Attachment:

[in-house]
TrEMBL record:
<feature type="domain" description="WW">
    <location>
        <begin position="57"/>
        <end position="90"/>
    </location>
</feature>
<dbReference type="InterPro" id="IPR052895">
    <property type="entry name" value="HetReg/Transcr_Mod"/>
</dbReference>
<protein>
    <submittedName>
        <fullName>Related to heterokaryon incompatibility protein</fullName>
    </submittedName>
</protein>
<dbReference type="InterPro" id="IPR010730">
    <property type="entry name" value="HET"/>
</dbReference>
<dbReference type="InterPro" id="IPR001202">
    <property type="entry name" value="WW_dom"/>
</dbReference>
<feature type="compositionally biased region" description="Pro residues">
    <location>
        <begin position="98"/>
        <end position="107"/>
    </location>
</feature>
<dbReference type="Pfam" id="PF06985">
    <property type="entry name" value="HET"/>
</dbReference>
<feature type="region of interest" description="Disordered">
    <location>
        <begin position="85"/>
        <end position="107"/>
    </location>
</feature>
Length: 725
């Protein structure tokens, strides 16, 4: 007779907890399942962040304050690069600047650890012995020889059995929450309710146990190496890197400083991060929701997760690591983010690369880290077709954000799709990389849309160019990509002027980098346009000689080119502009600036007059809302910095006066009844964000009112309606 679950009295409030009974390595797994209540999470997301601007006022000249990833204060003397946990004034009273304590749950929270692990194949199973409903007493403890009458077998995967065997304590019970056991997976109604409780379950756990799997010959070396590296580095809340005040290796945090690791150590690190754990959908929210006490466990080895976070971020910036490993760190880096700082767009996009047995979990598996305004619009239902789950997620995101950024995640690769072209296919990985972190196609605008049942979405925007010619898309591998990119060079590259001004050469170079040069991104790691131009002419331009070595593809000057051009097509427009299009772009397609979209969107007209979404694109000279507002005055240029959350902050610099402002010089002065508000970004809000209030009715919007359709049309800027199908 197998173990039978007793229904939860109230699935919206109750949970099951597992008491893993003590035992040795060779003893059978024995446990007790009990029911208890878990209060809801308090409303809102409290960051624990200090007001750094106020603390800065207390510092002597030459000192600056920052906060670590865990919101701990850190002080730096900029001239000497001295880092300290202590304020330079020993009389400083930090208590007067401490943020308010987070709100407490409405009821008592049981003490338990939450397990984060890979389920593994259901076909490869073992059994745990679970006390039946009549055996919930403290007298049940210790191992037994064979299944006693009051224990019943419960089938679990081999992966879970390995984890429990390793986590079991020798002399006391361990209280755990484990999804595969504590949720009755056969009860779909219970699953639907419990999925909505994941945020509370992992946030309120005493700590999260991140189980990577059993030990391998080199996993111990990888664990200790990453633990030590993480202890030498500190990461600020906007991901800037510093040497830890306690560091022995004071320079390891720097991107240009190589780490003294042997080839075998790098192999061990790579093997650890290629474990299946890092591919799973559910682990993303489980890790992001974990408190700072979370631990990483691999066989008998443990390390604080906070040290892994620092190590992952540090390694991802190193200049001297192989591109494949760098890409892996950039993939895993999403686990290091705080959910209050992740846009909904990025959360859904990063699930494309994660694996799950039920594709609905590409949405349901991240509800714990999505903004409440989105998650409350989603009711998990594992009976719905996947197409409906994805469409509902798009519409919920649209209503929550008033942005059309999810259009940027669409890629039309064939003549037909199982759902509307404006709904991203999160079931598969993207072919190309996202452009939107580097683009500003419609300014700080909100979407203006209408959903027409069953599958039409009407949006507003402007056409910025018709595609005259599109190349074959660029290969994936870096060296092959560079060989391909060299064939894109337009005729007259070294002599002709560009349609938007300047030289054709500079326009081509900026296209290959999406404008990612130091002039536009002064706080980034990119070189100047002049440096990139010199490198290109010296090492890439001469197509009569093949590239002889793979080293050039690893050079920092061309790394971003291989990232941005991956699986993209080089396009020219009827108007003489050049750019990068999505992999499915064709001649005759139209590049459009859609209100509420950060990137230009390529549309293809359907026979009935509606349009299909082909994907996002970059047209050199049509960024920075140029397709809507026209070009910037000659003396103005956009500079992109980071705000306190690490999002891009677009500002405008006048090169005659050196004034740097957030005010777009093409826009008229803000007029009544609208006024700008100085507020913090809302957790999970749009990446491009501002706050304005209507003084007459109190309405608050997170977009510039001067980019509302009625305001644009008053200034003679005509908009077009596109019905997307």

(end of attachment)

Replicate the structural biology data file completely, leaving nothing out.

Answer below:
[in-house]
TrEMBL record:
<feature type="domain" description="WW">
    <location>
        <begin position="57"/>
        <end position="90"/>
    </location>
</feature>
<dbReference type="InterPro" id="IPR052895">
    <property type="entry name" value="HetReg/Transcr_Mod"/>
</dbReference>
<protein>
    <submittedName>
        <fullName>Related to heterokaryon incompatibility protein</fullName>
    </submittedName>
</protein>
<dbReference type="InterPro" id="IPR010730">
    <property type="entry name" value="HET"/>
</dbReference>
<dbReference type="InterPro" id="IPR001202">
    <property type="entry name" value="WW_dom"/>
</dbReference>
<feature type="compositionally biased region" description="Pro residues">
    <location>
        <begin position="98"/>
        <end position="107"/>
    </location>
</feature>
<dbReference type="Pfam" id="PF06985">
    <property type="entry name" value="HET"/>
</dbReference>
<feature type="region of interest" description="Disordered">
    <location>
        <begin position="85"/>
        <end position="107"/>
    </location>
</feature>
Length: 725
């Protein structure tokens, strides 16, 4: 007779907890399942962040304050690069600047650890012995020889059995929450309710146990190496890197400083991060929701997760690591983010690369880290077709954000799709990389849309160019990509002027980098346009000689080119502009600036007059809302910095006066009844964000009112309606 679950009295409030009974390595797994209540999470997301601007006022000249990833204060003397946990004034009273304590749950929270692990194949199973409903007493403890009458077998995967065997304590019970056991997976109604409780379950756990799997010959070396590296580095809340005040290796945090690791150590690190754990959908929210006490466990080895976070971020910036490993760190880096700082767009996009047995979990598996305004619009239902789950997620995101950024995640690769072209296919990985972190196609605008049942979405925007010619898309591998990119060079590259001004050469170079040069991104790691131009002419331009070595593809000057051009097509427009299009772009397609979209969107007209979404694109000279507002005055240029959350902050610099402002010089002065508000970004809000209030009715919007359709049309800027199908 197998173990039978007793229904939860109230699935919206109750949970099951597992008491893993003590035992040795060779003893059978024995446990007790009990029911208890878990209060809801308090409303809102409290960051624990200090007001750094106020603390800065207390510092002597030459000192600056920052906060670590865990919101701990850190002080730096900029001239000497001295880092300290202590304020330079020993009389400083930090208590007067401490943020308010987070709100407490409405009821008592049981003490338990939450397990984060890979389920593994259901076909490869073992059994745990679970006390039946009549055996919930403290007298049940210790191992037994064979299944006693009051224990019943419960089938679990081999992966879970390995984890429990390793986590079991020798002399006391361990209280755990484990999804595969504590949720009755056969009860779909219970699953639907419990999925909505994941945020509370992992946030309120005493700590999260991140189980990577059993030990391998080199996993111990990888664990200790990453633990030590993480202890030498500190990461600020906007991901800037510093040497830890306690560091022995004071320079390891720097991107240009190589780490003294042997080839075998790098192999061990790579093997650890290629474990299946890092591919799973559910682990993303489980890790992001974990408190700072979370631990990483691999066989008998443990390390604080906070040290892994620092190590992952540090390694991802190193200049001297192989591109494949760098890409892996950039993939895993999403686990290091705080959910209050992740846009909904990025959360859904990063699930494309994660694996799950039920594709609905590409949405349901991240509800714990999505903004409440989105998650409350989603009711998990594992009976719905996947197409409906994805469409509902798009519409919920649209209503929550008033942005059309999810259009940027669409890629039309064939003549037909199982759902509307404006709904991203999160079931598969993207072919190309996202452009939107580097683009500003419609300014700080909100979407203006209408959903027409069953599958039409009407949006507003402007056409910025018709595609005259599109190349074959660029290969994936870096060296092959560079060989391909060299064939894109337009005729007259070294002599002709560009349609938007300047030289054709500079326009081509900026296209290959999406404008990612130091002039536009002064706080980034990119070189100047002049440096990139010199490198290109010296090492890439001469197509009569093949590239002889793979080293050039690893050079920092061309790394971003291989990232941005991956699986993209080089396009020219009827108007003489050049750019990068999505992999499915064709001649005759139209590049459009859609209100509420950060990137230009390529549309293809359907026979009935509606349009299909082909994907996002970059047209050199049509960024920075140029397709809507026209070009910037000659003396103005956009500079992109980071705000306190690490999002891009677009500002405008006048090169005659050196004034740097957030005010777009093409826009008229803000007029009544609208006024700008100085507020913090809302957790999970749009990446491009501002706050304005209507003084007459109190309405608050997170977009510039001067980019509302009625305001644009008053200034003679005509908009077009596109019905997307």